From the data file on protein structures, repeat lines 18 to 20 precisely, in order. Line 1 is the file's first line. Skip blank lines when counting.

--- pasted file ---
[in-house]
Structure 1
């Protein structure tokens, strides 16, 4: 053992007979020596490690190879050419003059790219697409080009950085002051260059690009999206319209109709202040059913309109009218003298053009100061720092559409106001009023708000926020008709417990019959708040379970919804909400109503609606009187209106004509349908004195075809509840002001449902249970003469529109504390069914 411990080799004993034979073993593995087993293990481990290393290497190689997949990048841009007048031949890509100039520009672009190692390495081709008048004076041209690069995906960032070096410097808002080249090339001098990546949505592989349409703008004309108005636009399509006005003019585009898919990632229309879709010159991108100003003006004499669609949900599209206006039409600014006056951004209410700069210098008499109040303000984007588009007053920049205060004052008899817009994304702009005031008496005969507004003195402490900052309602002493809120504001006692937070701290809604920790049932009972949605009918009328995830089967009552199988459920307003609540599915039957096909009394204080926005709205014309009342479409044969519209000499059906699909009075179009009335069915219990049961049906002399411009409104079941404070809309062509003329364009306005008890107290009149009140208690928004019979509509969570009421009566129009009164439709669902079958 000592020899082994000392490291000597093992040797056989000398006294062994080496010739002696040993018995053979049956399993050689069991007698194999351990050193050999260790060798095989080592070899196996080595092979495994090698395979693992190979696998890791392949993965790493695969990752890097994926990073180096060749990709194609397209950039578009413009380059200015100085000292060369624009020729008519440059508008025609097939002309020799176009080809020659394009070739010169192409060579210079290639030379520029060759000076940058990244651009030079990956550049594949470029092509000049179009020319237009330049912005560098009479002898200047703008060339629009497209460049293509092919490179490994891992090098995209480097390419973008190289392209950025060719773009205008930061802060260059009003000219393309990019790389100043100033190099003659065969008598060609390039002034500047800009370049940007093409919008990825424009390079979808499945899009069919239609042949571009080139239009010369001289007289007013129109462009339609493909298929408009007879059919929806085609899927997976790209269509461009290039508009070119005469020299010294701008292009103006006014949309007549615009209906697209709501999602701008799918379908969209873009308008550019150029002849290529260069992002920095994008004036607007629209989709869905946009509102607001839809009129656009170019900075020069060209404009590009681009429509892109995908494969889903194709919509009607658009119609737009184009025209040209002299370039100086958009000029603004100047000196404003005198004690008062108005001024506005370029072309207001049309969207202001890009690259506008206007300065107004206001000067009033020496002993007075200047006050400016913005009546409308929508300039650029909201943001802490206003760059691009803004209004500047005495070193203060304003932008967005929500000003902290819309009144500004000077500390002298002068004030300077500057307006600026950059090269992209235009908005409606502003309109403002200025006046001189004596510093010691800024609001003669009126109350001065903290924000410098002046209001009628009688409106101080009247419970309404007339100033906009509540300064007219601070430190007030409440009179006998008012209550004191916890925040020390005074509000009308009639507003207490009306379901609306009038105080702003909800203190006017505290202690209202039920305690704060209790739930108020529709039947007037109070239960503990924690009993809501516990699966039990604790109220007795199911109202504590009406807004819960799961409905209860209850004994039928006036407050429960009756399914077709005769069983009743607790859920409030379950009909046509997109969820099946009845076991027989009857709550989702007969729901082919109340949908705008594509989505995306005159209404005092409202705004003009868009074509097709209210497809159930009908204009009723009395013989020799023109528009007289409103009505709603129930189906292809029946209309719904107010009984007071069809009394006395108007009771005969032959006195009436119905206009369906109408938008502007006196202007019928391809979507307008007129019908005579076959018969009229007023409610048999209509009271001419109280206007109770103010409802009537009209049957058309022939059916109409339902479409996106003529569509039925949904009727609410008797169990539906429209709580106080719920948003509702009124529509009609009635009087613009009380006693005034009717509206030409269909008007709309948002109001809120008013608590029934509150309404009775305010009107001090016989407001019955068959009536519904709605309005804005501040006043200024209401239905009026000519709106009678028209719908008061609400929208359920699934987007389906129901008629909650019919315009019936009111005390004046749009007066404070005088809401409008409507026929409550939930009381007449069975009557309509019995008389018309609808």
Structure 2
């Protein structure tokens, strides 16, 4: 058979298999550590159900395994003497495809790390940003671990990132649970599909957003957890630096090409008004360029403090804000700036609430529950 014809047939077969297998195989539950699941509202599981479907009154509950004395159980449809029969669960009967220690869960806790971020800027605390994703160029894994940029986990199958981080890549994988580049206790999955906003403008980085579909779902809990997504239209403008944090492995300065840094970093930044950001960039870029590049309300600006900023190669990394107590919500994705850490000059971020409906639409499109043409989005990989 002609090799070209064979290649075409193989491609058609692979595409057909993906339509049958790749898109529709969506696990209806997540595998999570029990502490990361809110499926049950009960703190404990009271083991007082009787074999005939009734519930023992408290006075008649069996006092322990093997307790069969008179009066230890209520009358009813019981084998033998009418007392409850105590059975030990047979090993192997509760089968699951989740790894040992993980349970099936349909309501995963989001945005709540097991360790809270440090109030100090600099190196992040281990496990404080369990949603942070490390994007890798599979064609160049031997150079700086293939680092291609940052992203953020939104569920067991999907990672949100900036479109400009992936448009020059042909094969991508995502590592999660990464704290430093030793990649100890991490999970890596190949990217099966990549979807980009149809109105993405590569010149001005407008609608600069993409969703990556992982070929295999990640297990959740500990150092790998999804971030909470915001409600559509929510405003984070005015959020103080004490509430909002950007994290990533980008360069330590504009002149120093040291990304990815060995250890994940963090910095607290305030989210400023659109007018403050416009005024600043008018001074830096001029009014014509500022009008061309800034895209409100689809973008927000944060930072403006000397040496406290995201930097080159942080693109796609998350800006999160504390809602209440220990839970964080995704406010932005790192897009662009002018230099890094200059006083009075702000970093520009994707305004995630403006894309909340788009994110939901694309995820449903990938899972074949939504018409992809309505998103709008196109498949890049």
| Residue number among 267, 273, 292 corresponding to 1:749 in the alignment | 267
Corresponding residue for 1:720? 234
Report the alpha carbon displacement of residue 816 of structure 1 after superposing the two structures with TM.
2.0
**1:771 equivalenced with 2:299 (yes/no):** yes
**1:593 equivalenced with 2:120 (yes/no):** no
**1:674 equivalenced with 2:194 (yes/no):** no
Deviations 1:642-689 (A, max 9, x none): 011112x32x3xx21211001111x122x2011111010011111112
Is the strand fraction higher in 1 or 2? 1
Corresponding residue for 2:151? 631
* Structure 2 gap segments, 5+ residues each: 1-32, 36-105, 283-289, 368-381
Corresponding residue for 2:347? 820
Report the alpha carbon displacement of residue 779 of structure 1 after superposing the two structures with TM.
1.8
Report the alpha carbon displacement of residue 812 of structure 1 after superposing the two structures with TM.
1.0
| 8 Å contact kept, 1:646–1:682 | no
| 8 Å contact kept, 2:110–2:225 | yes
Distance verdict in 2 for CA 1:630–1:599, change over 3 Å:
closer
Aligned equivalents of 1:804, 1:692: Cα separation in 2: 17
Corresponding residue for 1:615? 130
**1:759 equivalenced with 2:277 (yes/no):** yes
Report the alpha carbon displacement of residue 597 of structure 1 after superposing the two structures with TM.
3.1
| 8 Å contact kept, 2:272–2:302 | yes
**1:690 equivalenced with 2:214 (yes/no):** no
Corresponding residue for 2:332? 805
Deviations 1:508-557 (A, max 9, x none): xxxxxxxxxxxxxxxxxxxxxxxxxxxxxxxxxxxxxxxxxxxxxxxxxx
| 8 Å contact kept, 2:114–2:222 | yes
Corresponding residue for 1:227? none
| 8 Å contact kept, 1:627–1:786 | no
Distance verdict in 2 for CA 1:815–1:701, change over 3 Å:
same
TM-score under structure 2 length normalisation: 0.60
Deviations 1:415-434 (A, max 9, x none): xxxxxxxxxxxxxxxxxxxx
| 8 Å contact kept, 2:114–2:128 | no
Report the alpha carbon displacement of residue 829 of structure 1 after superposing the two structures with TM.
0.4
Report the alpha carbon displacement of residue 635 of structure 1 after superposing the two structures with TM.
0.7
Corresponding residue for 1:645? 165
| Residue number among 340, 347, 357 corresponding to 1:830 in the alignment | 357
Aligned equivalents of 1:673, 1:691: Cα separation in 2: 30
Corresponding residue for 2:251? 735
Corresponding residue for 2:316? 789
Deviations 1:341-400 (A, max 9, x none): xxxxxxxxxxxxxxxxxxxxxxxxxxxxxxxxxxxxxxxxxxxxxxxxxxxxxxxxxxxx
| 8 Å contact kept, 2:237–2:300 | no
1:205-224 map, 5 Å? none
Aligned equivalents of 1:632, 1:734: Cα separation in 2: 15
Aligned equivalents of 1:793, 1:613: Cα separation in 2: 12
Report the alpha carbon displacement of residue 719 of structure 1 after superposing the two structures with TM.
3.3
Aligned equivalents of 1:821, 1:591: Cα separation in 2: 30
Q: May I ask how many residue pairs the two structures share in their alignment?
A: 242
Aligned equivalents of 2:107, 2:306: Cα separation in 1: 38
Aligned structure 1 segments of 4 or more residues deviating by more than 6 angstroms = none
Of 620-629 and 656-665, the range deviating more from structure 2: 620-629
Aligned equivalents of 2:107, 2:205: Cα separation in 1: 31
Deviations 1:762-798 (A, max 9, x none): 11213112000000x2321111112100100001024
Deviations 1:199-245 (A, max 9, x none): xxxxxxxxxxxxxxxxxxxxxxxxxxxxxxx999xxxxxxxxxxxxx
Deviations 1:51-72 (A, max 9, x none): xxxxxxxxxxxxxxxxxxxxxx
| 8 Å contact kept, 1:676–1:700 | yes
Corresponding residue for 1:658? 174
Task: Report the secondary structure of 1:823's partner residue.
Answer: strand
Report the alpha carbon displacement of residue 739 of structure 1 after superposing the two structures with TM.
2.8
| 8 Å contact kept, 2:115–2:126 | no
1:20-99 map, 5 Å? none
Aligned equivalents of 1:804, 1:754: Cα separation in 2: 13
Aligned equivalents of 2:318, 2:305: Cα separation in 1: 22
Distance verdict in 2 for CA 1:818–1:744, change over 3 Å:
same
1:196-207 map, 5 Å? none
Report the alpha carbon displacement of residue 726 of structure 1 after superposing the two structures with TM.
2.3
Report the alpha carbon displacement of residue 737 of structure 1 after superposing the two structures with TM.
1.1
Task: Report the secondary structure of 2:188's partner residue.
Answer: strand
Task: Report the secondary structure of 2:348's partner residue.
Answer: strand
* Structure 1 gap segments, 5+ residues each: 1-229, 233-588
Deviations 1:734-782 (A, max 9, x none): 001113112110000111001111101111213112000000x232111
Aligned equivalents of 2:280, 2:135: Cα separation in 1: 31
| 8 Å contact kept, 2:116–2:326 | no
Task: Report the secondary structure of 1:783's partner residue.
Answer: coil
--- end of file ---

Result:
Report the alpha carbon displacement of residue 779 of structure 1 after superposing the two structures with TM.
1.8
Report the alpha carbon displacement of residue 812 of structure 1 after superposing the two structures with TM.